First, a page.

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DAVID E. JOHNSON v. PAMELA K. JOHNSON (08/10/87)

filed: August 10, 1987.

DAVID E. JOHNSON, APPELLANT,
v.
PAMELA K. JOHNSON, APPELLEE



Appeal from Order of the Court of Common Pleas, Civil Division, of Clinton County, No. 855-83.

COUNSEL

Richard J. Callahan, Williamsport, for appellant.

Gary T. Harris, Williamsport, for appellee.

Wieand, Beck and Cercone, JJ. Beck, J., filed a concurring opinion.

Author: Wieand

[ 365 Pa. Super. Page 411]

David E. Johnson and Pamela K. Johnson were married on August 18, 1966, separated in August, 1983 and divorced on May 24, 1985. The divorce was bifurcated, and after a decree had been entered, hearings were held on the related economic claims. On March 19, 1986, the trial court entered a decree distributing fifty-five (55%) percent of the marital property, amounting to $609,435.75, to wife.*fn1 The balance of $498,629.59 was awarded to husband. The court also awarded wife counsel fees in the amount of five thousand ($5,000.00) dollars. Husband filed post-trial motions, which were denied. He then appealed.

In evaluating an equitable distribution scheme, our scope of review is limited. An appellate court will not reverse an order determining equitable distribution absent an abuse of discretion by the trial court. Diamond v. Diamond, 360 Pa. Super. 101, 105, 519 A.2d 1012, 1014 (1986); Campbell v. Campbell, 357 Pa. Super. 483, 489, 516 A.2d 363, 366 (1986); Morschhauser v. Morschhauser, 357 Pa. Super. 339, 346,

[ 365 Pa. Super. Page 412516]

A.2d 10, 13 (1986); Bold v. Bold, 358 Pa. Super. 7, 10, 516 A.2d 741, 742 (1986); Ganong v. Ganong, 355 Pa. Super. 483, 490, 513 A.2d 1024, 1028 (1986); Winters v. Winters, 355 Pa. Super. 64, 69, 512 A.2d 1211, 1214 (1986); Brown v. Brown, 352 Pa. Super. 267, 270, 507 A.2d 1223, 1224 (1986); LaBuda v. LaBuda, 349 Pa. Super. 524, 528, 503 A.2d 971, 974 (1986).

'Under this standard, we do not usurp the hearing court's duty as factfinder. Rather, we apply the legislative guidelines of the Divorce Code to the record to determine whether or not the hearing court has abused its discretion.' Barnhart v. Barnhart, 343 Pa. Super. 234, 237, 494 A.2d 443, 444 (1985); Semasek v. Semasek, 331 Pa. Super. 1, 6, 479 A.2d 1047, 1050 (1984). 'An abuse of discretion is not found lightly, but only upon a showing of clear and convincing evidence . . . . However, an abuse of discretion will be found by this Court if the trial court failed to follow proper legal procedure or misapplied the law.' Braderman v. Braderman, 339 Pa. Super. 185, 190, 488 A.2d 613, 615 (1985).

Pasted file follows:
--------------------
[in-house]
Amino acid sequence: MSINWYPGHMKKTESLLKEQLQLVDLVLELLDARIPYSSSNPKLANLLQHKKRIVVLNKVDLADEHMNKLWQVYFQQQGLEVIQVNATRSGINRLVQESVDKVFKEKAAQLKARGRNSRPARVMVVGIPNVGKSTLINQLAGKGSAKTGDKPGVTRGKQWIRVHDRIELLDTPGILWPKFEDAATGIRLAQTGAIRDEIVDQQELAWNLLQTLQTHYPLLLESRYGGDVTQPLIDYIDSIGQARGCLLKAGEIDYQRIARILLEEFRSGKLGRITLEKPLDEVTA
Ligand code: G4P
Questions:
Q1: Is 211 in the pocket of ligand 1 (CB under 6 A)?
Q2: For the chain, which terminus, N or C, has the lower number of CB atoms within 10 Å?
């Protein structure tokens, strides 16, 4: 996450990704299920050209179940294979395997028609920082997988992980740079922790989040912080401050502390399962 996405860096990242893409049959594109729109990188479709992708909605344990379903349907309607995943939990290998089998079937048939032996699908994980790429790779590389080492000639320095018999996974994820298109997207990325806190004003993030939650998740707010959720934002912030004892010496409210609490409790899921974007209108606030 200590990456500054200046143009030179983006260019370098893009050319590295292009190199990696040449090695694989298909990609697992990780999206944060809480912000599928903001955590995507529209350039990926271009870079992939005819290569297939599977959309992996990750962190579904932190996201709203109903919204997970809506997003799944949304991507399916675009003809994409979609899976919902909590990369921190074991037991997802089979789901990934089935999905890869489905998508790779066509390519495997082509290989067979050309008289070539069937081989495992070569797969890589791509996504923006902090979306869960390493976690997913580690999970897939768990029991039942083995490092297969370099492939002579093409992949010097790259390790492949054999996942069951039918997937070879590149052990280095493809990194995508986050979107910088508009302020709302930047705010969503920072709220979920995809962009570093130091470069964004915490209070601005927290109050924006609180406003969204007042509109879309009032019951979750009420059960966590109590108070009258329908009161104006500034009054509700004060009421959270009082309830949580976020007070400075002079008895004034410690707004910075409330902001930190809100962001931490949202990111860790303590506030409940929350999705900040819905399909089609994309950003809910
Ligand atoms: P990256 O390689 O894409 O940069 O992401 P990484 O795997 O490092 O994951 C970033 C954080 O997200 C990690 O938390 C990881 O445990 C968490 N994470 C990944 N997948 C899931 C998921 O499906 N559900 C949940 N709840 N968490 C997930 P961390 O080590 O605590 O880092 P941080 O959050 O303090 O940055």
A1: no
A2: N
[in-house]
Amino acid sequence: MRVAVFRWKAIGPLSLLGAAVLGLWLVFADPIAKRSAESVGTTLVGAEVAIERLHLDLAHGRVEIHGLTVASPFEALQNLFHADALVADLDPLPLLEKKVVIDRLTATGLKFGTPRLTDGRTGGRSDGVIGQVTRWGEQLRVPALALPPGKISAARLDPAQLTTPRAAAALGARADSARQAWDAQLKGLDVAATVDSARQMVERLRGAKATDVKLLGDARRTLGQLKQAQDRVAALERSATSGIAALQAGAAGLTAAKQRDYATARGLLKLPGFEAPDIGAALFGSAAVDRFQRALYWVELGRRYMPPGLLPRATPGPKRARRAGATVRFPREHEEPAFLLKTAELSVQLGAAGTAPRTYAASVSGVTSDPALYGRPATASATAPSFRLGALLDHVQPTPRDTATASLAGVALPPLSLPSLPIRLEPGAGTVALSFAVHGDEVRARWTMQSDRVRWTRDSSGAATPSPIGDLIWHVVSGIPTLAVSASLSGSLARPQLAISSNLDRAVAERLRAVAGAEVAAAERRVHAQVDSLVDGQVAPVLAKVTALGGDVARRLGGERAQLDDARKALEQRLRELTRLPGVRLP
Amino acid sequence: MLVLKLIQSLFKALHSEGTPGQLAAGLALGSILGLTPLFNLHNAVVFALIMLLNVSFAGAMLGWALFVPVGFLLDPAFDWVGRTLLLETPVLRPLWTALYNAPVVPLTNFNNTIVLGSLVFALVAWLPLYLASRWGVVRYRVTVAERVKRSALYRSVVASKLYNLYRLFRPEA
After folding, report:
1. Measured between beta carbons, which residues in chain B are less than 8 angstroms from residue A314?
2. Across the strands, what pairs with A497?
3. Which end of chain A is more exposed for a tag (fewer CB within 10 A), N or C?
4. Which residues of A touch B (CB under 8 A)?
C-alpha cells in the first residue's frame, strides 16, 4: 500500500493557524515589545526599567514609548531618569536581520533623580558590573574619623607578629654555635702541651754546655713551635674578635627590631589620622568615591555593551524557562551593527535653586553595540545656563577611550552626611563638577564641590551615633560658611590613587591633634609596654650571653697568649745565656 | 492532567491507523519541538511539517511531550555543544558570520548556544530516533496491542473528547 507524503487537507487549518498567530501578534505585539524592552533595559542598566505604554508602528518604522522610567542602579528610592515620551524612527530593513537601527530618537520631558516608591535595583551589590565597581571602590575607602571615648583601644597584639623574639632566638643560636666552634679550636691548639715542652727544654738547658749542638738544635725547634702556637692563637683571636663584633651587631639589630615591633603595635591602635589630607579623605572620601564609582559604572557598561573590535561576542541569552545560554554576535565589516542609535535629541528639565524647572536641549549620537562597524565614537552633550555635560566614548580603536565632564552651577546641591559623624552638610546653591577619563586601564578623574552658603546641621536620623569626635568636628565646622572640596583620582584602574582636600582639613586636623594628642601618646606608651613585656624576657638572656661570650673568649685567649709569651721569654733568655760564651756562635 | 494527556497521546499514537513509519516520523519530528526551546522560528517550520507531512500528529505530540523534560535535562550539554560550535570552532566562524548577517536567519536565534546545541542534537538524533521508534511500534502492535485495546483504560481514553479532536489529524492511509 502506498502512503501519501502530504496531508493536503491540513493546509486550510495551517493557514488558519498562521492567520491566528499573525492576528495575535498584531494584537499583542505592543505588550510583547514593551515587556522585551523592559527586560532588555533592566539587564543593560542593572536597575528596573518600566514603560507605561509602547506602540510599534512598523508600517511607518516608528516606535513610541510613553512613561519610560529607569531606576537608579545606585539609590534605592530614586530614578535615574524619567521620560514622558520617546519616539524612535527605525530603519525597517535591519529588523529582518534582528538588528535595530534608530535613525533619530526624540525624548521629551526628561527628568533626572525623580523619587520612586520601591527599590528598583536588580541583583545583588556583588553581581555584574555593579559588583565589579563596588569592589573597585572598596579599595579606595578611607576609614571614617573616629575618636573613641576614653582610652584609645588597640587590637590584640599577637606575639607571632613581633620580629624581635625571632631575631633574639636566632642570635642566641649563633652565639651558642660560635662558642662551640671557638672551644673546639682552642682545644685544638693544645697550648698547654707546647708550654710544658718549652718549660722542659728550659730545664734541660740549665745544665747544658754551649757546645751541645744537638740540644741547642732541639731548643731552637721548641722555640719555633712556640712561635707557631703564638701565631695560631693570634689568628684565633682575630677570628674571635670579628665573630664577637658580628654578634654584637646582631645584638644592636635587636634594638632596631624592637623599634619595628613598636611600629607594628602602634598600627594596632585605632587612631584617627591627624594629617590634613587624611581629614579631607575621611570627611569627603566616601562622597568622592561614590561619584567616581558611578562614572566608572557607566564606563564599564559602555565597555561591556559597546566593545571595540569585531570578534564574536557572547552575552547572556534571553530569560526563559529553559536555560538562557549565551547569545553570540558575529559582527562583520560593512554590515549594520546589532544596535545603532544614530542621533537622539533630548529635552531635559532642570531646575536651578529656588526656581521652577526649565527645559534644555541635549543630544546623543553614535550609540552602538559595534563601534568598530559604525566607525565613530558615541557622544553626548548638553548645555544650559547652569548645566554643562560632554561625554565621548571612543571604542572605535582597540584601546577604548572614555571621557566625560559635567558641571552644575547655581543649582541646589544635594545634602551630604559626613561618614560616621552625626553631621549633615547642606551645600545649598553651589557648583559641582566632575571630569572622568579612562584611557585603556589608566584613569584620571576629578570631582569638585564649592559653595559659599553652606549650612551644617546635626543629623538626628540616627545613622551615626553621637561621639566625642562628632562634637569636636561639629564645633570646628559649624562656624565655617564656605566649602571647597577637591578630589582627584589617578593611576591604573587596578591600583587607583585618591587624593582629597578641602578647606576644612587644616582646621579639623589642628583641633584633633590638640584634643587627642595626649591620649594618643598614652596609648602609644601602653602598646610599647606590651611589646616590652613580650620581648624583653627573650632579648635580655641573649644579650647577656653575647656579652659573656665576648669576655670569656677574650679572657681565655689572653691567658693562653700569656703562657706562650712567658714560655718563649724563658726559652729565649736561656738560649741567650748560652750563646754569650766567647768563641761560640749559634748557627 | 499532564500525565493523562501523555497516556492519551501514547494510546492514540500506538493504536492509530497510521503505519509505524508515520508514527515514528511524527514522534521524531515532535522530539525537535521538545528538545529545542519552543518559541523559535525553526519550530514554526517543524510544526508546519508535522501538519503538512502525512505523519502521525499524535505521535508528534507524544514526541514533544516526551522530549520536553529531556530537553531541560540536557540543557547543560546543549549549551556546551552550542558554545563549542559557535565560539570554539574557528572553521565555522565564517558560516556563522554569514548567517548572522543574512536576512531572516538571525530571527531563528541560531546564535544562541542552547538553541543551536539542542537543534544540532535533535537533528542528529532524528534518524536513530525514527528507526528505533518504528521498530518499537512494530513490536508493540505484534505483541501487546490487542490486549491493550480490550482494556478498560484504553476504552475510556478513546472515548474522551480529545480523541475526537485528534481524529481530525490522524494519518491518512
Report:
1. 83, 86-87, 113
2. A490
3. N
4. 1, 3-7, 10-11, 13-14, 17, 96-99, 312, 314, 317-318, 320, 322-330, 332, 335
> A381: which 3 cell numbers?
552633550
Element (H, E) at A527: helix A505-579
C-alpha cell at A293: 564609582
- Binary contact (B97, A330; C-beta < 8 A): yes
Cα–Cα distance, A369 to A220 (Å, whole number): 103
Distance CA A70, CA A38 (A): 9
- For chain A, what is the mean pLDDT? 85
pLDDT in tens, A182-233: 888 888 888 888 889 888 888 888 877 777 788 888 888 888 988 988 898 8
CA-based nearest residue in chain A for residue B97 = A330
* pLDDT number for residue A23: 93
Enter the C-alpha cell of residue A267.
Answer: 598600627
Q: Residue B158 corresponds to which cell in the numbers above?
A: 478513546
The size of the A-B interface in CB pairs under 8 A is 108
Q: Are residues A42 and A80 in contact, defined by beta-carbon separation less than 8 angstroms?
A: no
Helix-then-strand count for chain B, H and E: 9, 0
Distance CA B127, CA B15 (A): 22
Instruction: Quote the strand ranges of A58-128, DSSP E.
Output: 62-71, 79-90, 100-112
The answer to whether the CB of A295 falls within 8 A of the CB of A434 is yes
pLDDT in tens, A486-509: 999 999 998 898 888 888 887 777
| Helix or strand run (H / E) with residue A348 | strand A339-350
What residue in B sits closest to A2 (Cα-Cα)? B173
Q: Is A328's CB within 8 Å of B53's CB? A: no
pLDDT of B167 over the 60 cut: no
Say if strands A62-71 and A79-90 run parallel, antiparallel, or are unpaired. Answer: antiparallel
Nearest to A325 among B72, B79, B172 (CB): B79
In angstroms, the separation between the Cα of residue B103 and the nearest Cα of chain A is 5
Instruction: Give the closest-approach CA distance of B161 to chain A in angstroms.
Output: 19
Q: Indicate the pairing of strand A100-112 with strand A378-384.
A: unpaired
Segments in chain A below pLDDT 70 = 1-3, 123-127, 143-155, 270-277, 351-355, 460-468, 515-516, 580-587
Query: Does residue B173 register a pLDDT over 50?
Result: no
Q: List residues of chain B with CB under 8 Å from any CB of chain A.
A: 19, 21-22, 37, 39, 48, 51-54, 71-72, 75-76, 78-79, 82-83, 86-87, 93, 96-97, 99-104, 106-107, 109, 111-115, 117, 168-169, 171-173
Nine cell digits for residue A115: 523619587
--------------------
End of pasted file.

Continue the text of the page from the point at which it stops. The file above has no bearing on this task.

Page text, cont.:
Sergi v. Sergi, 351 Pa. Super. 588, 591, 506 A.2d 928, 930 (1986).

Three years prior to the marriage, husband purchased a flour and animal feed business known as Clintondale Mills for $24,000.00. The trial court found that at the time of separation in August, 1983, the value of the business had increased to $600,000.00.*fn2 The difference, or $576,000.00, was determined by the court to be marital property subject to equitable distribution. This was proper and in accord with this Court's decision in Sergi v. Sergi, supra. See: Anthony v. Anthony, 355 Pa. Super. 589, 595, 514 A.2d 91, 94 (1986).

Appellant contends, however, that the trial court committed an abuse of discretion when it gave no weight to "[t]he contribution . . . of each party in the acquisition, preservation,

[ 365 Pa. Super. Page 413]

    depreciation or appreciation of the marital property" as required by Section 401(d)(7) of the Divorce Code.*fn3 We disagree.

Section 401(d) directs that in fashioning a decree of equitable distribution, a hearing court shall consider all relevant factors, including the following:

(1) The length of the marriage.

(2) Any prior marriage of either party.

(3) The age, health, station, amount and sources of income, vocational skills, employability, estate, liabilities and needs of each of the parties.

(4) The contribution by one party to the education, training, or increased earning power of the other party.

(5) The opportunity of each party for future acquisitions of capital assets and income.

(6) The sources of income of both parties, including but not limited to medical, retirement, insurance or other benefits.

(7) The contribution or dissipation of each party in the acquisition, preservation, depreciation or appreciation of the marital property, including the contribution of a party as homemaker.

(8) The value of the property set apart to each party.

(9) The standard of living of the parties established ...


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